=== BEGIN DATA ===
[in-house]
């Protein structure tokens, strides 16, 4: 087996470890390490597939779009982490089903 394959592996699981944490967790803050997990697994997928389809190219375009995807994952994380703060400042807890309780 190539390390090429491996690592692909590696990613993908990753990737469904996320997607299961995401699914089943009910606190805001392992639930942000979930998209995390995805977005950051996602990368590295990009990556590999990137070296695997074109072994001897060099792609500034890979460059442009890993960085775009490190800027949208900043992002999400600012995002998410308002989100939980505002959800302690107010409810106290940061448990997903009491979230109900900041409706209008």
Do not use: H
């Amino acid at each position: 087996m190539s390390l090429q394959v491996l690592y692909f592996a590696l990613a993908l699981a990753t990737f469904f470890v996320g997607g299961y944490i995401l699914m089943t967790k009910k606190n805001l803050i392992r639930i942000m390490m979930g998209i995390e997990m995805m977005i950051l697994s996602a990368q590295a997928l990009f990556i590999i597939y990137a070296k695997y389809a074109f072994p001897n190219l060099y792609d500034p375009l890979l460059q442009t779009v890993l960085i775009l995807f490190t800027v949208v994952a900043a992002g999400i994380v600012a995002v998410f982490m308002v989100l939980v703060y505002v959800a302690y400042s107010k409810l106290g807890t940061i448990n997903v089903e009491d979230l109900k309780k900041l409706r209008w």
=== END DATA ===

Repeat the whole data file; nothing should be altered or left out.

[in-house]
């Protein structure tokens, strides 16, 4: 087996470890390490597939779009982490089903 394959592996699981944490967790803050997990697994997928389809190219375009995807994952994380703060400042807890309780 190539390390090429491996690592692909590696990613993908990753990737469904996320997607299961995401699914089943009910606190805001392992639930942000979930998209995390995805977005950051996602990368590295990009990556590999990137070296695997074109072994001897060099792609500034890979460059442009890993960085775009490190800027949208900043992002999400600012995002998410308002989100939980505002959800302690107010409810106290940061448990997903009491979230109900900041409706209008």
Do not use: H
């Amino acid at each position: 087996m190539s390390l090429q394959v491996l690592y692909f592996a590696l990613a993908l699981a990753t990737f469904f470890v996320g997607g299961y944490i995401l699914m089943t967790k009910k606190n805001l803050i392992r639930i942000m390490m979930g998209i995390e997990m995805m977005i950051l697994s996602a990368q590295a997928l990009f990556i590999i597939y990137a070296k695997y389809a074109f072994p001897n190219l060099y792609d500034p375009l890979l460059q442009t779009v890993l960085i775009l995807f490190t800027v949208v994952a900043a992002g999400i994380v600012a995002v998410f982490m308002v989100l939980v703060y505002v959800a302690y400042s107010k409810l106290g807890t940061i448990n997903v089903e009491d979230l109900k309780k900041l409706r209008w």